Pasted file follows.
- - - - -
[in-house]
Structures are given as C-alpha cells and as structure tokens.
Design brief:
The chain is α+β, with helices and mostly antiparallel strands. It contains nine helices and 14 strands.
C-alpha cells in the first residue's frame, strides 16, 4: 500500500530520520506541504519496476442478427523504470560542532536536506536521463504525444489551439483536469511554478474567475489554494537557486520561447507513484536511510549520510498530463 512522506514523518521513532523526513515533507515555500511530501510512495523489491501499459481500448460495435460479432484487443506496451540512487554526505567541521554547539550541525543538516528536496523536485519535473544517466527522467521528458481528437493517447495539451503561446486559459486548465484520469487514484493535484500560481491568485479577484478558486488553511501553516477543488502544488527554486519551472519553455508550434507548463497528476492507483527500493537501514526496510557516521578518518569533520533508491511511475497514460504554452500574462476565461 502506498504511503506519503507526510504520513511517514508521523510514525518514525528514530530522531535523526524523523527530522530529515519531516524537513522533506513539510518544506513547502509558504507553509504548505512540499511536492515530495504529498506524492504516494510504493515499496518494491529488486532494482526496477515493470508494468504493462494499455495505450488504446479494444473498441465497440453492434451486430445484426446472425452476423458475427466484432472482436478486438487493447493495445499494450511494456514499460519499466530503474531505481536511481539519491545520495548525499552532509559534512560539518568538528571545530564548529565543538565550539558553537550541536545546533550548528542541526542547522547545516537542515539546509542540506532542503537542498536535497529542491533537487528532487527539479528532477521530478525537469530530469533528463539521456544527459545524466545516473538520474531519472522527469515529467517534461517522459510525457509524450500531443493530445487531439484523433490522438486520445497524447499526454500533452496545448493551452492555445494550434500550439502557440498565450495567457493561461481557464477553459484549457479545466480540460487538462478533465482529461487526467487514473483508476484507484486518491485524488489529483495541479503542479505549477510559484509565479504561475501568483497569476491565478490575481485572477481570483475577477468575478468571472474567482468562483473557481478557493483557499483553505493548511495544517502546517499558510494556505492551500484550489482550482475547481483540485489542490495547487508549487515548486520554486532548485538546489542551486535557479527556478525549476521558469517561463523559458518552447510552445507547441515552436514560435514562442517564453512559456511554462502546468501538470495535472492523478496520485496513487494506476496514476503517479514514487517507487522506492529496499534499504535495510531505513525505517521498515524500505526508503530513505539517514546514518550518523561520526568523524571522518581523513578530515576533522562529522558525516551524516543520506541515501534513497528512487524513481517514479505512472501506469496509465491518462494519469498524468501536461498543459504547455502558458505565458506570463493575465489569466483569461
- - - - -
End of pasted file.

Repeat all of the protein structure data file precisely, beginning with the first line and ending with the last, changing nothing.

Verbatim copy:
[in-house]
Structures are given as C-alpha cells and as structure tokens.
Design brief:
The chain is α+β, with helices and mostly antiparallel strands. It contains nine helices and 14 strands.
C-alpha cells in the first residue's frame, strides 16, 4: 500500500530520520506541504519496476442478427523504470560542532536536506536521463504525444489551439483536469511554478474567475489554494537557486520561447507513484536511510549520510498530463 512522506514523518521513532523526513515533507515555500511530501510512495523489491501499459481500448460495435460479432484487443506496451540512487554526505567541521554547539550541525543538516528536496523536485519535473544517466527522467521528458481528437493517447495539451503561446486559459486548465484520469487514484493535484500560481491568485479577484478558486488553511501553516477543488502544488527554486519551472519553455508550434507548463497528476492507483527500493537501514526496510557516521578518518569533520533508491511511475497514460504554452500574462476565461 502506498504511503506519503507526510504520513511517514508521523510514525518514525528514530530522531535523526524523523527530522530529515519531516524537513522533506513539510518544506513547502509558504507553509504548505512540499511536492515530495504529498506524492504516494510504493515499496518494491529488486532494482526496477515493470508494468504493462494499455495505450488504446479494444473498441465497440453492434451486430445484426446472425452476423458475427466484432472482436478486438487493447493495445499494450511494456514499460519499466530503474531505481536511481539519491545520495548525499552532509559534512560539518568538528571545530564548529565543538565550539558553537550541536545546533550548528542541526542547522547545516537542515539546509542540506532542503537542498536535497529542491533537487528532487527539479528532477521530478525537469530530469533528463539521456544527459545524466545516473538520474531519472522527469515529467517534461517522459510525457509524450500531443493530445487531439484523433490522438486520445497524447499526454500533452496545448493551452492555445494550434500550439502557440498565450495567457493561461481557464477553459484549457479545466480540460487538462478533465482529461487526467487514473483508476484507484486518491485524488489529483495541479503542479505549477510559484509565479504561475501568483497569476491565478490575481485572477481570483475577477468575478468571472474567482468562483473557481478557493483557499483553505493548511495544517502546517499558510494556505492551500484550489482550482475547481483540485489542490495547487508549487515548486520554486532548485538546489542551486535557479527556478525549476521558469517561463523559458518552447510552445507547441515552436514560435514562442517564453512559456511554462502546468501538470495535472492523478496520485496513487494506476496514476503517479514514487517507487522506492529496499534499504535495510531505513525505517521498515524500505526508503530513505539517514546514518550518523561520526568523524571522518581523513578530515576533522562529522558525516551524516543520506541515501534513497528512487524513481517514479505512472501506469496509465491518462494519469498524468501536461498543459504547455502558458505565458506570463493575465489569466483569461